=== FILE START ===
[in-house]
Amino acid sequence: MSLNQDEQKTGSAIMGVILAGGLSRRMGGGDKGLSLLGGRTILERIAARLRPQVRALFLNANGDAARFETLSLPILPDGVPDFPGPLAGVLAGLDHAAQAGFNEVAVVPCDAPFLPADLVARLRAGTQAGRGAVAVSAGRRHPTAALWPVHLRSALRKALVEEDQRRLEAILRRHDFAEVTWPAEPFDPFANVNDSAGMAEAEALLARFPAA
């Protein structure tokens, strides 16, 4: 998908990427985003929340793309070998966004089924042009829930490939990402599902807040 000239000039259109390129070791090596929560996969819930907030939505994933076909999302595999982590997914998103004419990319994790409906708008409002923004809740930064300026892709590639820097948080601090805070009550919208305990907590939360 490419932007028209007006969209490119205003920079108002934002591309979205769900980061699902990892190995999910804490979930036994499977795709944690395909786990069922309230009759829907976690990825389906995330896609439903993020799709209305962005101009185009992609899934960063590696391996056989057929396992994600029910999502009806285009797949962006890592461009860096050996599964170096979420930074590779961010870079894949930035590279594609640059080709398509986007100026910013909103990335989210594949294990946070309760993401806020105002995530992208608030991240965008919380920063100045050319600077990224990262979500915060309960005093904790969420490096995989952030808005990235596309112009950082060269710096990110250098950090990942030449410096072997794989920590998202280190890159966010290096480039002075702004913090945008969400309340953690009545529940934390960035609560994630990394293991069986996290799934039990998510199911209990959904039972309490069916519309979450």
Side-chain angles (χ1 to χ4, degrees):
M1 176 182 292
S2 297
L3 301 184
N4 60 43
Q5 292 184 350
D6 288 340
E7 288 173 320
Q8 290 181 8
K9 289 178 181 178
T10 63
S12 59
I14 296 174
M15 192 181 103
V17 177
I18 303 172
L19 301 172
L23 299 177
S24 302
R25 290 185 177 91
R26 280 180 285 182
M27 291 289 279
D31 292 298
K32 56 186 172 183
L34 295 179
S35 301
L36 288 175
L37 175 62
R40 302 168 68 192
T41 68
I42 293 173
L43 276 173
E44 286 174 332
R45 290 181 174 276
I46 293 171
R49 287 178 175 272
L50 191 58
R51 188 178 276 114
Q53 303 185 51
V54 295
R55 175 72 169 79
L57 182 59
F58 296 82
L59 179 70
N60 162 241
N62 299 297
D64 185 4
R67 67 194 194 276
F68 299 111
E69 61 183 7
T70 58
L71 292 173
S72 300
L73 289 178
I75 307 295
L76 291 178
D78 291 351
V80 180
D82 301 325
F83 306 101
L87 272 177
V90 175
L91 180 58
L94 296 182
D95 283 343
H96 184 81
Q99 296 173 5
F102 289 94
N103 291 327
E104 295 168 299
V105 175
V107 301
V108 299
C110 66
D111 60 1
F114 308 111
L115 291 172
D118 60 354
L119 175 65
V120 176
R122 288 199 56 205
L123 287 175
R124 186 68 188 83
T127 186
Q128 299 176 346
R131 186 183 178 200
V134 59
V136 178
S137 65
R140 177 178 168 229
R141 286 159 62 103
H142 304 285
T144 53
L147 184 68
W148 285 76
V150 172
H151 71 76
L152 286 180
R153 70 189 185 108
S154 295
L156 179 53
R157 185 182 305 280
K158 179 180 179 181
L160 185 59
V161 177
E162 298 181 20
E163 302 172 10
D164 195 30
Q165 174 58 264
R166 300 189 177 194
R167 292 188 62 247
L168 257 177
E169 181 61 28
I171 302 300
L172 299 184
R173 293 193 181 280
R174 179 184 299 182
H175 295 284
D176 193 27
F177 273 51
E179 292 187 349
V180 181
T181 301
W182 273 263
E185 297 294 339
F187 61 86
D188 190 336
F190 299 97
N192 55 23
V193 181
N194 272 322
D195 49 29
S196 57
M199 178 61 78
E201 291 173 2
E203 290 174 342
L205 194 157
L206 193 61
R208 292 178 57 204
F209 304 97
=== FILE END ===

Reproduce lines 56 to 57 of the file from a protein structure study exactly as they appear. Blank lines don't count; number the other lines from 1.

S72 300
L73 289 178